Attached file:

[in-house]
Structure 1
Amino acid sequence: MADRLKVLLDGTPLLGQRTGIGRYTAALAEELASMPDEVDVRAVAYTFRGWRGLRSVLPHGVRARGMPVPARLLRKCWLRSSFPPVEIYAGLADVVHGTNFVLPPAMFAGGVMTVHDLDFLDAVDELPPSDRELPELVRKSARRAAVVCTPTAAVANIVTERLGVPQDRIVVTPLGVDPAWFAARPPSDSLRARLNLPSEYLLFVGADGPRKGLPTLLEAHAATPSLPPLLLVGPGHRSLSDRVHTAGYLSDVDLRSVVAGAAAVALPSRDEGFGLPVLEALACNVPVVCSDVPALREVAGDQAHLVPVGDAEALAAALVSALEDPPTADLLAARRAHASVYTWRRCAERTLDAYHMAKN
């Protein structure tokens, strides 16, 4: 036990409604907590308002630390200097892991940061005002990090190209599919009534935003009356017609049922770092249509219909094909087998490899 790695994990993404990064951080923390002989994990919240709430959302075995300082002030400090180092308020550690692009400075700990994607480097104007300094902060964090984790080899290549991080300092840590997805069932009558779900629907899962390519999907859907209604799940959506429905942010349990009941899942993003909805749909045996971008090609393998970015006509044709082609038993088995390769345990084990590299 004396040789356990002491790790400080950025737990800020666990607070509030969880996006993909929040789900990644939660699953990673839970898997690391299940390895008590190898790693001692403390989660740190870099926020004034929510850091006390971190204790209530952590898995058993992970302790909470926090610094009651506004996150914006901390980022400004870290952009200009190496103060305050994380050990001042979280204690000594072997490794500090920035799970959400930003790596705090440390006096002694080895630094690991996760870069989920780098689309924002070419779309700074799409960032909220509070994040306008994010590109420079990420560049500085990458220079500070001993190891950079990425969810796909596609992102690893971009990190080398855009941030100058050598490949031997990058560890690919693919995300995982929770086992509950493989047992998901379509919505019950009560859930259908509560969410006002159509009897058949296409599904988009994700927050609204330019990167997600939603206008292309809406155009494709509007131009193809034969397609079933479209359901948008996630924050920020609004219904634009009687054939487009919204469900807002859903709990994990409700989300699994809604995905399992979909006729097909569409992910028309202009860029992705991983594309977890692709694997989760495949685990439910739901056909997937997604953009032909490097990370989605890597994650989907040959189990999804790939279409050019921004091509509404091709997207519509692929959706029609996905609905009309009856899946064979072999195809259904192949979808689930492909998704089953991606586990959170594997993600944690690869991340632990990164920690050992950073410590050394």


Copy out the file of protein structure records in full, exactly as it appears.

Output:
[in-house]
Structure 1
Amino acid sequence: MADRLKVLLDGTPLLGQRTGIGRYTAALAEELASMPDEVDVRAVAYTFRGWRGLRSVLPHGVRARGMPVPARLLRKCWLRSSFPPVEIYAGLADVVHGTNFVLPPAMFAGGVMTVHDLDFLDAVDELPPSDRELPELVRKSARRAAVVCTPTAAVANIVTERLGVPQDRIVVTPLGVDPAWFAARPPSDSLRARLNLPSEYLLFVGADGPRKGLPTLLEAHAATPSLPPLLLVGPGHRSLSDRVHTAGYLSDVDLRSVVAGAAAVALPSRDEGFGLPVLEALACNVPVVCSDVPALREVAGDQAHLVPVGDAEALAAALVSALEDPPTADLLAARRAHASVYTWRRCAERTLDAYHMAKN
């Protein structure tokens, strides 16, 4: 036990409604907590308002630390200097892991940061005002990090190209599919009534935003009356017609049922770092249509219909094909087998490899 790695994990993404990064951080923390002989994990919240709430959302075995300082002030400090180092308020550690692009400075700990994607480097104007300094902060964090984790080899290549991080300092840590997805069932009558779900629907899962390519999907859907209604799940959506429905942010349990009941899942993003909805749909045996971008090609393998970015006509044709082609038993088995390769345990084990590299 004396040789356990002491790790400080950025737990800020666990607070509030969880996006993909929040789900990644939660699953990673839970898997690391299940390895008590190898790693001692403390989660740190870099926020004034929510850091006390971190204790209530952590898995058993992970302790909470926090610094009651506004996150914006901390980022400004870290952009200009190496103060305050994380050990001042979280204690000594072997490794500090920035799970959400930003790596705090440390006096002694080895630094690991996760870069989920780098689309924002070419779309700074799409960032909220509070994040306008994010590109420079990420560049500085990458220079500070001993190891950079990425969810796909596609992102690893971009990190080398855009941030100058050598490949031997990058560890690919693919995300995982929770086992509950493989047992998901379509919505019950009560859930259908509560969410006002159509009897058949296409599904988009994700927050609204330019990167997600939603206008292309809406155009494709509007131009193809034969397609079933479209359901948008996630924050920020609004219904634009009687054939487009919204469900807002859903709990994990409700989300699994809604995905399992979909006729097909569409992910028309202009860029992705991983594309977890692709694997989760495949685990439910739901056909997937997604953009032909490097990370989605890597994650989907040959189990999804790939279409050019921004091509509404091709997207519509692929959706029609996905609905009309009856899946064979072999195809259904192949979808689930492909998704089953991606586990959170594997993600944690690869991340632990990164920690050992950073410590050394």